I woke late with the sun shining in my eyes. I lazily rubbed them as I got up from bed. The scientific conference was over and our agenda that day was to have fun, which, in my case, would be to see a bit of China as a tourist. The organizers had thoughtfully arranged a tour of the Yandang Mountain Forest, a well-known spot for nature lovers and hikers. I chowed down a hearty breakfast and got my gear together.
I had anticipated such a trip, but due to limited space in my luggage, could not pack all my hiking gear. I had with me my trusted Tilley hat, and a trekking shirt of moisture-wicking material. But I did not have proper trekking shoes. There is only so much you can pack in a small, carry on suitcase. One of my colleagues went to the extent of buying a new pair of sneakers for the excursion. I did not go to that extreme, instead, settled for a light, comfortable pair of rubber-soled dress shoes.
I packed a light jacket, a water bottle, a couple of granola bars and sunblock (essentials for such day hikes) into a day-pack. My camera with an extra battery and memory chip was in a pouch on my belt. After a final check, I headed for the hotel lobby to meet up with the others going on the trip.
The bus arrived and we piled in. An English speaking tour guide welcomed us and we were off. We left the busy environs of Wenzhou and headed for the mountains. The air became progressively cleaner and cooler.
Yandang Mountain Forest Park is remarkably beautiful with vertical rock faces split by fissures giving rise to picturesque shapes. The hills are covered in vegetation that range from lush tropical to deciduous at higher elevations. The paths are well marked in Chinese but there are very few signs in English. This led to a near mishap; on that, later. Some of the peaks and pinnacles have poetic names like “bamboo shoots” or “lovers kissing” and the one I found particularly intriguing, the “lovelorn maiden”. I studied the peaks very carefully trying to match the shape with the name. The first two, maybe, made a little sense. But I had no idea how a mountain peak could resemble a lovelorn maiden. I freely admit that the fault could be mine, I have never seen a lovelorn maiden and so have no idea of her looks. The guide tried his best to explain but some of us were not convinced. We shook our heads and continued walking.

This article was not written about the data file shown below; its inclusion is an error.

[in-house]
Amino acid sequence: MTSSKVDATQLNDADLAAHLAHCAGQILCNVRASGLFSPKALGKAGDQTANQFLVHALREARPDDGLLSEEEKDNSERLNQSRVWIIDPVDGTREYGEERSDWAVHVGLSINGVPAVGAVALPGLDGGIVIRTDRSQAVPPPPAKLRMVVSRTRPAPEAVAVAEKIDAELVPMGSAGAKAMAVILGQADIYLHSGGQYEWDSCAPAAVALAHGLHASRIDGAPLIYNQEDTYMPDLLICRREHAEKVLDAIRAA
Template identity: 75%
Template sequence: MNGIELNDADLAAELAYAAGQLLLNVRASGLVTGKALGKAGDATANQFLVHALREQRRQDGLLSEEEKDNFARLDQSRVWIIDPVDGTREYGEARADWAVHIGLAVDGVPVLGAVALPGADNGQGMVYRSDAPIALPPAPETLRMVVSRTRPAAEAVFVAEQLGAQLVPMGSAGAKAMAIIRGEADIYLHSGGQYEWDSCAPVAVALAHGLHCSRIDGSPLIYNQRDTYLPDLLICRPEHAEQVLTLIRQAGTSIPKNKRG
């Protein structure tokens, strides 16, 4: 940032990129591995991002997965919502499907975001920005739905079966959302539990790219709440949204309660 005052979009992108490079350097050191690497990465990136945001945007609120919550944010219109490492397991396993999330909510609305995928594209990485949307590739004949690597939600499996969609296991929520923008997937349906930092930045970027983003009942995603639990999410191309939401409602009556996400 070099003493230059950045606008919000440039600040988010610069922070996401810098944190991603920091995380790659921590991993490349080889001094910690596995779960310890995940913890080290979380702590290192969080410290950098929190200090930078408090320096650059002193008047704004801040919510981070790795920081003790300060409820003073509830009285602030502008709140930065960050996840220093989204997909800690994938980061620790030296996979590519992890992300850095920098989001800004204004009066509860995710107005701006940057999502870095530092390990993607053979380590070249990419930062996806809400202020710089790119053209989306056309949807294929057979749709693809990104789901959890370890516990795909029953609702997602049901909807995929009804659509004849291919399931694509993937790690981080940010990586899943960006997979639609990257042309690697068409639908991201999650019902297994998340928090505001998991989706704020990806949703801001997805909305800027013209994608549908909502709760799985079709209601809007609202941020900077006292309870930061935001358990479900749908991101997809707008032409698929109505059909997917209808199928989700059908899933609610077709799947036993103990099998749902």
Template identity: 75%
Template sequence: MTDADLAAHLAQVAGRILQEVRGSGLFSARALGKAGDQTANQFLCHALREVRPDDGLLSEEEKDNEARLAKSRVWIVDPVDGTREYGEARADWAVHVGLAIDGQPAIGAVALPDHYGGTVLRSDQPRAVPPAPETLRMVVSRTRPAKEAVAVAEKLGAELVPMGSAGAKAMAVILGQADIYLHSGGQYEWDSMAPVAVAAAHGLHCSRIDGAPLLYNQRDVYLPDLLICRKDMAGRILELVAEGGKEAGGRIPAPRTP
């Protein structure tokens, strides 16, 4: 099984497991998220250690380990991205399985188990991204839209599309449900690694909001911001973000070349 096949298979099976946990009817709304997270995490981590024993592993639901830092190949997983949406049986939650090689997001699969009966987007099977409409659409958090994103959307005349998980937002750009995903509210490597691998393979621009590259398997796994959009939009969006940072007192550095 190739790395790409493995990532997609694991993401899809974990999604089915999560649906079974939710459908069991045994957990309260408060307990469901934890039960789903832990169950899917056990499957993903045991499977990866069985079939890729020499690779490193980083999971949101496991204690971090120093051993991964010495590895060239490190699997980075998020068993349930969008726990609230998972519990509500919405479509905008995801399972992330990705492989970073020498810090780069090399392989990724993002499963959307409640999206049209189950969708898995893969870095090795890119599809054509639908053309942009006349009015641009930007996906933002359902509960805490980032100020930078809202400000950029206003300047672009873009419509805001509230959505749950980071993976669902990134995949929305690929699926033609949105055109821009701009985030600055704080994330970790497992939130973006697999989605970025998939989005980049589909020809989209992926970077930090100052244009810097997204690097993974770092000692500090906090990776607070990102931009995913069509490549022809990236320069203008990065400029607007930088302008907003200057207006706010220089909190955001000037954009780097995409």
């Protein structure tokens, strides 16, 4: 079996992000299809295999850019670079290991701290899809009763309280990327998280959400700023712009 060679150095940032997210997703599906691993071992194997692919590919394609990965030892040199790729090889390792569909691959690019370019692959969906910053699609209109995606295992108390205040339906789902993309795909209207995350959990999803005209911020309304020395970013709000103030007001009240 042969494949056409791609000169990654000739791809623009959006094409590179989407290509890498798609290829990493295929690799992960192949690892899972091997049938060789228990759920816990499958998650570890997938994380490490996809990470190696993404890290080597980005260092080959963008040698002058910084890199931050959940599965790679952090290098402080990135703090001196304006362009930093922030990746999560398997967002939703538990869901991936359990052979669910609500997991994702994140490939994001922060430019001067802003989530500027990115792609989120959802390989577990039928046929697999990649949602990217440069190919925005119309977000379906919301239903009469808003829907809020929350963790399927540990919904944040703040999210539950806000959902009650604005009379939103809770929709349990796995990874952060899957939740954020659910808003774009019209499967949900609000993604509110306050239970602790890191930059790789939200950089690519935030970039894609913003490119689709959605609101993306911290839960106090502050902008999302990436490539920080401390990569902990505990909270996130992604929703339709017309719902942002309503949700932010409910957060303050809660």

We passed ponds with bright orange koi fish and ornamental stone bridges with carved lions on the railings. Soon we came to a fissure in the mountains with a temple lodged high up inside. From a distance it resembled two palms in a ‘namaste’ gesture with the ancient temple nestled inside them. This was the famous Guanyin or Avalokiteswar temple in Lingfeng Peak. The peak is also called Holding Palms Peak, just look at the photo below.
There were a large number of stone steps leading up to the temple in the rock cleft.
We started to climb passing several colorful statues on either side of the path.
At one point we stopped for a group photo.
I took that opportunity to sit, rest and enjoy the view from the top. It was lovely.